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Tuesday, April 12, 2011

Six Toxic Assumptions of Standardized Testing

When I speak about the material in Unschooling Rules, I almost inevitably get the question, "if you don't believe in standardized testing, how can we possibly evaluate teachers and students?" (#unrules45)

This statement is, fully un-ironically, such a tacit critique of all of school systems that it cannot go unexplored and unpacked.

Just some of the assumptions are:

  1. Families are not/cannot/ should not be able to choose their own path once in school systems. (Many parents today makes more choices about their coffee than their childrens' K-12 education.) So unlike in a free market system or democracy, choice by user is not a relevant tool for determining success.
  2. There are no external, real world metrics to evaluate how well schools and teachers are doing. In fact, the real world is the enemy to a smooth running educational system, putting uncontrollable variables into schools. This then further encourages schools to expand (at massive taxpayer cost, of course) to replace life as much as possible as early as possible and for as long as possible to improve the purity of the test results (http://www.educationnews.org/ed_reports/edu_assoc_articles/153528.html).
  3. Students are consistent test takers week to week.
  4. School management cannot be trusted to manage.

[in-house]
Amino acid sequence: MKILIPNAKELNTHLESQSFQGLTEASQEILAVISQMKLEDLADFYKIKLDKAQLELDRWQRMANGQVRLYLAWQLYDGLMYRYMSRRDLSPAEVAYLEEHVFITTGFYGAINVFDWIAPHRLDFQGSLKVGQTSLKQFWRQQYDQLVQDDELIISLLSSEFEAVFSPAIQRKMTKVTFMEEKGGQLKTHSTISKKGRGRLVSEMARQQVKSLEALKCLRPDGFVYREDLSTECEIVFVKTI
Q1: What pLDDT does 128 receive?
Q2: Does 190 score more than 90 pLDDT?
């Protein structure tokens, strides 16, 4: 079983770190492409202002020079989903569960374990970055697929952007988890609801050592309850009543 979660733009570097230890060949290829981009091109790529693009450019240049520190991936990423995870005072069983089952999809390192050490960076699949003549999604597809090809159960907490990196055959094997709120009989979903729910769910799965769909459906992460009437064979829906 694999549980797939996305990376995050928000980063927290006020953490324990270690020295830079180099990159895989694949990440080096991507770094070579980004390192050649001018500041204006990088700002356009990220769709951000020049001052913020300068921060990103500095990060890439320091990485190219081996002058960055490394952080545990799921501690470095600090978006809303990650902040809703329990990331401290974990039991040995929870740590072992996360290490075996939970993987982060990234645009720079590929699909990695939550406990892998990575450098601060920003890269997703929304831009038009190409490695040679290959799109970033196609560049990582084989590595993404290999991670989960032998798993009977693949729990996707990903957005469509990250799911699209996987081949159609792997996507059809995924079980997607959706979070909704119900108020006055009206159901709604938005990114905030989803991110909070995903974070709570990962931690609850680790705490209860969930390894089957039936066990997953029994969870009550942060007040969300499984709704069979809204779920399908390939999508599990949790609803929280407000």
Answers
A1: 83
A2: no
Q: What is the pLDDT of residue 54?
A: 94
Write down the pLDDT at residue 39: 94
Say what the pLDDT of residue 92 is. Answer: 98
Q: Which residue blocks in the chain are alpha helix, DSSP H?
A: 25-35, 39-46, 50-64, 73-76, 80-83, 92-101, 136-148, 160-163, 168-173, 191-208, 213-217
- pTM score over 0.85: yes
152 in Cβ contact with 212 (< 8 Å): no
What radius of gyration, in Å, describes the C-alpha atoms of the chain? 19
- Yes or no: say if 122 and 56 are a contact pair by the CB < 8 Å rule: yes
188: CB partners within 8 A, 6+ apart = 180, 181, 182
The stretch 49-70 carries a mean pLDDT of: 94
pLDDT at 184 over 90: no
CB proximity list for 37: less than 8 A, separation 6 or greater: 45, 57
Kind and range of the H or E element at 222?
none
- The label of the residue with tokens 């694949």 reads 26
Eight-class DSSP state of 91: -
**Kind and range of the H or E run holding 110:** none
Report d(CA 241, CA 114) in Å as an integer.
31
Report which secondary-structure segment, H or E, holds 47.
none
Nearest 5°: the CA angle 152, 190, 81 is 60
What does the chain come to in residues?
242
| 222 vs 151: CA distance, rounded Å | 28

5. Students should all learn the same material. There is one way of "winning" for students.
  6. The content in (and process of taking) standardized tests are an accurate and relatively complete microcosm of valuable and valued content.
To embrace testing as the single criterion means almost necessarily rejecting the role of families, rejecting the value of real world experiences, rejecting real world evaluations of success, rejecting school management, and rejecting students' different interests and passions.

Even people in charge of call-centers and sales incentives, two of the most measured business activities out there, are realizing the fallacy of too narrow metrics that drive terrible unintended consequences. Maybe someday our school systems will learn the same thing.

2 comments:

  1. I would like to see a documentary made, similar to "Supersize Me" where a parent goes into a school and asks teachers, administrators, anyone who will listen, to please alter his child's curriculum towards something he's more interested. Tweaks here and there, or even drastic changes. I'd pay good money to see the blustering and scrambling to try to figure out why this guy wants what he wants, and how to tell him no in a way that he'll "understand".

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  2. @Rob - Very funny! Or ask how concepts like leadership or innovation are taught.

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